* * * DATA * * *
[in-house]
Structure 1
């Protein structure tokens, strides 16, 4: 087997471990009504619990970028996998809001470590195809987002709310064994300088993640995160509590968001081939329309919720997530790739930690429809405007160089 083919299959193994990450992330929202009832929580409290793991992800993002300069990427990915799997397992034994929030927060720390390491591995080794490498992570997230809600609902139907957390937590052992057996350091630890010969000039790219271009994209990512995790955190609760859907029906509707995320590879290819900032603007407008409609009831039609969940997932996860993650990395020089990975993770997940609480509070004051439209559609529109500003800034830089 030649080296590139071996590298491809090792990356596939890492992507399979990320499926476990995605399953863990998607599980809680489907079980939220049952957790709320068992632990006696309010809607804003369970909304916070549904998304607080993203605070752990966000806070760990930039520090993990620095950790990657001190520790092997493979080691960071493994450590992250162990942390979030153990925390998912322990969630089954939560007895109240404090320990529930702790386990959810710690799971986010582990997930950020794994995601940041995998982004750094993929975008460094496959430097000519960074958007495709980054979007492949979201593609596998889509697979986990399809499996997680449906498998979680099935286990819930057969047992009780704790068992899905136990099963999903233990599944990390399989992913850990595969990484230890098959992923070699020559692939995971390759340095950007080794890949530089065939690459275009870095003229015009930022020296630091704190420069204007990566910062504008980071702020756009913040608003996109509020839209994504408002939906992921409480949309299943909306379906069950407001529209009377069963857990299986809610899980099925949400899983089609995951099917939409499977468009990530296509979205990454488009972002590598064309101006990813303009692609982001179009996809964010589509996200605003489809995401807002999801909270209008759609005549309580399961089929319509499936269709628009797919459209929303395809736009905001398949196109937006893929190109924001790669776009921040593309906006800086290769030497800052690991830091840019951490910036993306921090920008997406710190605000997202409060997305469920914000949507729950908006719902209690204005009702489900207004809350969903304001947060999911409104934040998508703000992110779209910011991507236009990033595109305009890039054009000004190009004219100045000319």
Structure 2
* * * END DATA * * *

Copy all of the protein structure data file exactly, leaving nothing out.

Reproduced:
[in-house]
Structure 1
């Protein structure tokens, strides 16, 4: 087997471990009504619990970028996998809001470590195809987002709310064994300088993640995160509590968001081939329309919720997530790739930690429809405007160089 083919299959193994990450992330929202009832929580409290793991992800993002300069990427990915799997397992034994929030927060720390390491591995080794490498992570997230809600609902139907957390937590052992057996350091630890010969000039790219271009994209990512995790955190609760859907029906509707995320590879290819900032603007407008409609009831039609969940997932996860993650990395020089990975993770997940609480509070004051439209559609529109500003800034830089 030649080296590139071996590298491809090792990356596939890492992507399979990320499926476990995605399953863990998607599980809680489907079980939220049952957790709320068992632990006696309010809607804003369970909304916070549904998304607080993203605070752990966000806070760990930039520090993990620095950790990657001190520790092997493979080691960071493994450590992250162990942390979030153990925390998912322990969630089954939560007895109240404090320990529930702790386990959810710690799971986010582990997930950020794994995601940041995998982004750094993929975008460094496959430097000519960074958007495709980054979007492949979201593609596998889509697979986990399809499996997680449906498998979680099935286990819930057969047992009780704790068992899905136990099963999903233990599944990390399989992913850990595969990484230890098959992923070699020559692939995971390759340095950007080794890949530089065939690459275009870095003229015009930022020296630091704190420069204007990566910062504008980071702020756009913040608003996109509020839209994504408002939906992921409480949309299943909306379906069950407001529209009377069963857990299986809610899980099925949400899983089609995951099917939409499977468009990530296509979205990454488009972002590598064309101006990813303009692609982001179009996809964010589509996200605003489809995401807002999801909270209008759609005549309580399961089929319509499936269709628009797919459209929303395809736009905001398949196109937006893929190109924001790669776009921040593309906006800086290769030497800052690991830091840019951490910036993306921090920008997406710190605000997202409060997305469920914000949507729950908006719902209690204005009702489900207004809350969903304001947060999911409104934040998508703000992110779209910011991507236009990033595109305009890039054009000004190009004219100045000319």
Structure 2